The Transcreener® technology was developed by BellBrook Labs to quantify the production of ADP during enzyme reactions. Different detection modes are possible in combination with the Transcreener® method (* FI, FP and TR-FRET). This application note focuses on the homogeneous, competitive red ADP2 fluorescent intensity (FI) assay.
The assay is based on the detection of ADP, therefore is compatible with any enzyme class that produces ADP, including protein, lipid, and carbohydrate kinases, ATPases, DNA helicases, carboxylases and glutamine synthetases. The assay is a simple one step homogeneous detection assay that can be applied to a wide range of ATP concen-trations (0.1 to 100 µM ATP).
In this application note we will show that combination of the Transcreener® chemistry with the PHERAstar Plus or PHERAstar FS as well as with the POLARstar or FLUOstar Omega microplate readers provide excellent Z’values, indicating a robust assay and instrumentation.
Fig. 2: Transcreener® ADP2 FI Assay Principle
After the enzymatic reaction, an ADP Alexa594 tracer bound to the ADP2 monoclonal antibody, which is conjugated to an IRDye® QC-1 quencher (licensed from LI-COR®), is added. Accumulated ADP from the reaction will eventually displace the ADP-tracer from the antibody-quencher complex into the solution. Here the ADP-tracer complex becomes un-quenched resulting in an increase in fluorescence intensity. The ADP created during the enzyme reaction is proportional to the fluorescence signal.
Materials and Methods
To show the potential of the instrumentation, ADP/ATP standard curves were created to mimic an enzyme reaction. For that 10 µM ADP and 10 µM ATP stock solutions were combined to give 15 standards with an ADP range from 0 to 10 µM.
For 96-well plates the reaction mix consisted of 25 µL of ADP/ATP dilution and 25 µL of ADP detection mixture. For 384-well plates 10 µL of each solution were combined. The final concentration of tracer in the well was 4 nM. The final concentration of antibody conjugated to the QC-1 quencher depends on the ATP concentration. For the 10 µM ADP/ATP dilutions a final antibody concentration of 5 µg/mL per well was used as recommended in the Transcreener® manual. (1)
As controls, a high RFU control and a low RFU control were prepared:
High RFU control = Positive control
4 nM tracer in 0.5x buffer
Low RFU control = Negative control
Detection mix, 4 nM tracer and 5 µg/mL antibody conjugated to the QC-1 quencher
After the addition of the detection mixture to the standards a one hour incubation at room temperature follows. The plate was then inserted into a plate reader, the gain was adjusted to 10% of the positive control and fluorescence was measured at 580/620 nm for excitation/emission.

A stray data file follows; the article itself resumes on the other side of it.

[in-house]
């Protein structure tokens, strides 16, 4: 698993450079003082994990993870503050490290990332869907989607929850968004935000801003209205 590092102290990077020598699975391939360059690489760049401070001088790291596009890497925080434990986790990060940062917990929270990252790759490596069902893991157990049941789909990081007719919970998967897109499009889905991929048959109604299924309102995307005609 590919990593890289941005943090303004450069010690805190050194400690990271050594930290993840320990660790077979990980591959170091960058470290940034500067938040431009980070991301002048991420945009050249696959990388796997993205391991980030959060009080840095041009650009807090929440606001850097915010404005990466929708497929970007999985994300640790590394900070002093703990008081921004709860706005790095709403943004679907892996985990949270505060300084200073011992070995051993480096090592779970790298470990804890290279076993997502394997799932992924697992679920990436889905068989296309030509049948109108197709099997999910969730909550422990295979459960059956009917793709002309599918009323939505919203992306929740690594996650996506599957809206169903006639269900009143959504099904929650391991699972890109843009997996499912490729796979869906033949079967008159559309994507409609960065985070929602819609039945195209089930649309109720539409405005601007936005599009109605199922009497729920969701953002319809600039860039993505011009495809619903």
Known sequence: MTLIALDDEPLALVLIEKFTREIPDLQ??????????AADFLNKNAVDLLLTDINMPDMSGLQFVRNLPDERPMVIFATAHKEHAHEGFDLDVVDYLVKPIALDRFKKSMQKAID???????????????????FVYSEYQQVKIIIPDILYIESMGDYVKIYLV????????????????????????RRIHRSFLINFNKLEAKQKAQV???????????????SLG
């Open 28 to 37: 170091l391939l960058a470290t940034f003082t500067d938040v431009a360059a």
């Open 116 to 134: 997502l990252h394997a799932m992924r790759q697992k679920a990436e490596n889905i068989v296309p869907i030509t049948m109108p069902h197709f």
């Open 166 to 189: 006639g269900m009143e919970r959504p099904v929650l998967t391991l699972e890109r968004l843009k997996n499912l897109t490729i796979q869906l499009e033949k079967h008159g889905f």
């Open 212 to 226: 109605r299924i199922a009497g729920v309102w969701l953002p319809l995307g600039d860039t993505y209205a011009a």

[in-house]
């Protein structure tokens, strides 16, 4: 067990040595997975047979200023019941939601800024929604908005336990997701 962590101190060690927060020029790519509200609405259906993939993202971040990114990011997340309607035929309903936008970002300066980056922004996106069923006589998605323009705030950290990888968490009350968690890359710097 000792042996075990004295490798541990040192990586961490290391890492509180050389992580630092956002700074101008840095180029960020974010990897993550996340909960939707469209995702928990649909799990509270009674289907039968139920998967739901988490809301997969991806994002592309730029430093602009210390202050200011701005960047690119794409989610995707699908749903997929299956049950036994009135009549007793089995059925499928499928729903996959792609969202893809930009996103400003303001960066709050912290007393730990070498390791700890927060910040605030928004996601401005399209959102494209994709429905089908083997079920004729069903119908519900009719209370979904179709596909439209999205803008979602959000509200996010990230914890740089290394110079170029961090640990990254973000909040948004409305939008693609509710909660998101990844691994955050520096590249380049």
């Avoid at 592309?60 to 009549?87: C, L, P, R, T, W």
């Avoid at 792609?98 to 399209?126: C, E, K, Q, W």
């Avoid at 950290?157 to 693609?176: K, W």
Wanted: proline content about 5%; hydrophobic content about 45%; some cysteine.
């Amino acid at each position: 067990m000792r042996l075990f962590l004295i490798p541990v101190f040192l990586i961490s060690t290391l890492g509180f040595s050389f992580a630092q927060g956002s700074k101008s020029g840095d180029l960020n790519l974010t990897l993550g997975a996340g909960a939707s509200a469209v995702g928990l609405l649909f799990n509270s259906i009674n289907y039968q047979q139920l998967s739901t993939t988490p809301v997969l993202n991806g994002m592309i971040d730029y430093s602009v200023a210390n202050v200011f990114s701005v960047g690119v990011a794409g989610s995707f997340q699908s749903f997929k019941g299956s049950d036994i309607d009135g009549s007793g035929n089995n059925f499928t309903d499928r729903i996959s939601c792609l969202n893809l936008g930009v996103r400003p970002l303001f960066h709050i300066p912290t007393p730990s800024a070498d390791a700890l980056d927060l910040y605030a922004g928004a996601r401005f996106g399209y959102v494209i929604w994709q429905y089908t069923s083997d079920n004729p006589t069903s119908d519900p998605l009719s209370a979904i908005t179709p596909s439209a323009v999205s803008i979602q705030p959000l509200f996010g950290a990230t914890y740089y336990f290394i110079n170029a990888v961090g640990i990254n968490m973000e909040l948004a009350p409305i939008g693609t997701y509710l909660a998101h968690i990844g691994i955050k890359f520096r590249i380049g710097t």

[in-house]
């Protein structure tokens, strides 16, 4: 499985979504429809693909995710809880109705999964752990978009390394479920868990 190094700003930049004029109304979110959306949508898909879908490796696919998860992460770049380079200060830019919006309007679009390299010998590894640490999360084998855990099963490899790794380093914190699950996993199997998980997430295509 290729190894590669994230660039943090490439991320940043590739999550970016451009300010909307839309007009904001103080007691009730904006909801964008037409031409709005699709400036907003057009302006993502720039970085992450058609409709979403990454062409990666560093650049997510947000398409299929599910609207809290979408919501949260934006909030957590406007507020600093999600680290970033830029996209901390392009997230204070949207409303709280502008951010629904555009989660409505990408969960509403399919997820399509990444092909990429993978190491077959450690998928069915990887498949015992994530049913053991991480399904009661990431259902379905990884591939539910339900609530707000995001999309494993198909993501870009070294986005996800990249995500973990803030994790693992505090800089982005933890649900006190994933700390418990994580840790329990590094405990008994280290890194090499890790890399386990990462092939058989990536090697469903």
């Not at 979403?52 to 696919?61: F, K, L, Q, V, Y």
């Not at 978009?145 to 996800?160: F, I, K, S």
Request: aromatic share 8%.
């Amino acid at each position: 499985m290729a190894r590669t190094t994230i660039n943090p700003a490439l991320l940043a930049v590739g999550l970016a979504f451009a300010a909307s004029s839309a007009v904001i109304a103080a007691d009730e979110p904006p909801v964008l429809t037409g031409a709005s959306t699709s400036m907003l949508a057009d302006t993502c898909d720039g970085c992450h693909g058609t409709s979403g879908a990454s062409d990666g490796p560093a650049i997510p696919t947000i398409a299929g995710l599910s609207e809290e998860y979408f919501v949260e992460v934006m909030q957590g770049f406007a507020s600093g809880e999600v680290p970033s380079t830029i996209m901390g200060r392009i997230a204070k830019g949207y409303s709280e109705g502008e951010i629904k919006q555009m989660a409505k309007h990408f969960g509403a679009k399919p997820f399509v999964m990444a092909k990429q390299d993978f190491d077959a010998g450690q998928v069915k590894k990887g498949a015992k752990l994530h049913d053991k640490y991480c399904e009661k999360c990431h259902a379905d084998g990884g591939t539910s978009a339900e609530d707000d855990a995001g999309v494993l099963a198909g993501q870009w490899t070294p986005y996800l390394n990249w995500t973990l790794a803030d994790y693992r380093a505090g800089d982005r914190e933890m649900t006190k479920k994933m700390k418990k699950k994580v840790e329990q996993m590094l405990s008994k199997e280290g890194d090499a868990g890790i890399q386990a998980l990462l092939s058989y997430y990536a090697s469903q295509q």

The Z’-value, a standard for evaluating HTS methods, is calculated using the formula:
where µp = mean of “positive control” (max ratio), µn = mean of “negative control” (min ratio), and σ = the corresponding standard deviations.
Results and Discussion
Figure 3 and 4 show a 15 point ADP/ATP standard curve monitored either on the PHERAstar or Omega plate reader in 384-well format.
Fig. 3: 10 µM ADP standard curve measured in 5 replicates using a PHERAstar Plus in 384 well format (20 µL). The concentration of 0 µM ADP was set to 0.01 µM to allow logarithmic scaling.
Fig. 4: 10 µM ADP standard curve measured in 5 replicates using a POLARstar Omega in 384 well format (20 µL). The concentration of 0 µM ADP was set to 0.01 µM to allow logarithmic scaling.
The standard curves for both instruments look very similar. Only the error bars are a bit higher in the Omega graph. This is due to the different optical systems used in PHERAstar and Omega instruments. This effect can also be observed in figure 5. Here the Z’values shown are dependent on the number of flashes.
Fig. 5: Z’values obtained with the PHERAstar and Omega are dependent on the number of flashes. For the Z’calculation at least 20 replicates of ADP or ATP dilution were used.
Figure 5 shows that with the PHERAstar it is possible to use only 1 flash to get excellent Z’values (> 0.8). For the Omega instruments at least 5 flashes should be used.
With the MARS Data Analysis Software that comes with every PHERAstar and Omega reader it is possible to calculate EC50 values from the 4-parameter fit of the standard curves. Table 1 shows these results and also the Z’ values for both instrument series in comparison.
Table 1: EC50 values in 96-well and 384-well format and Z’values compared
for PHERAstar and Omega microplate readers
Comparable EC50 values were obtained with all instruments in 96-well and 384-well format. The Z’values are very good for the Omega plate readers and even slightly better for the PHERAstar instruments. This is in accordance to the HTS optical system that is used exclusively in the PHERAstar plate readers.
We show that the Transcreener® ADP2 FI assay is compatible with four different microplate readers from BMG LABTECH. The PHERAstar FS and Plus, as well as the POLARstar and FLUOstar Omegas show similar standard curves and EC50 values. A Z’ of 0.89 and 0.80 were calculated for the PHERAstar and Omega instruments, respectively, indicating a good quality assay and robust instrumentation.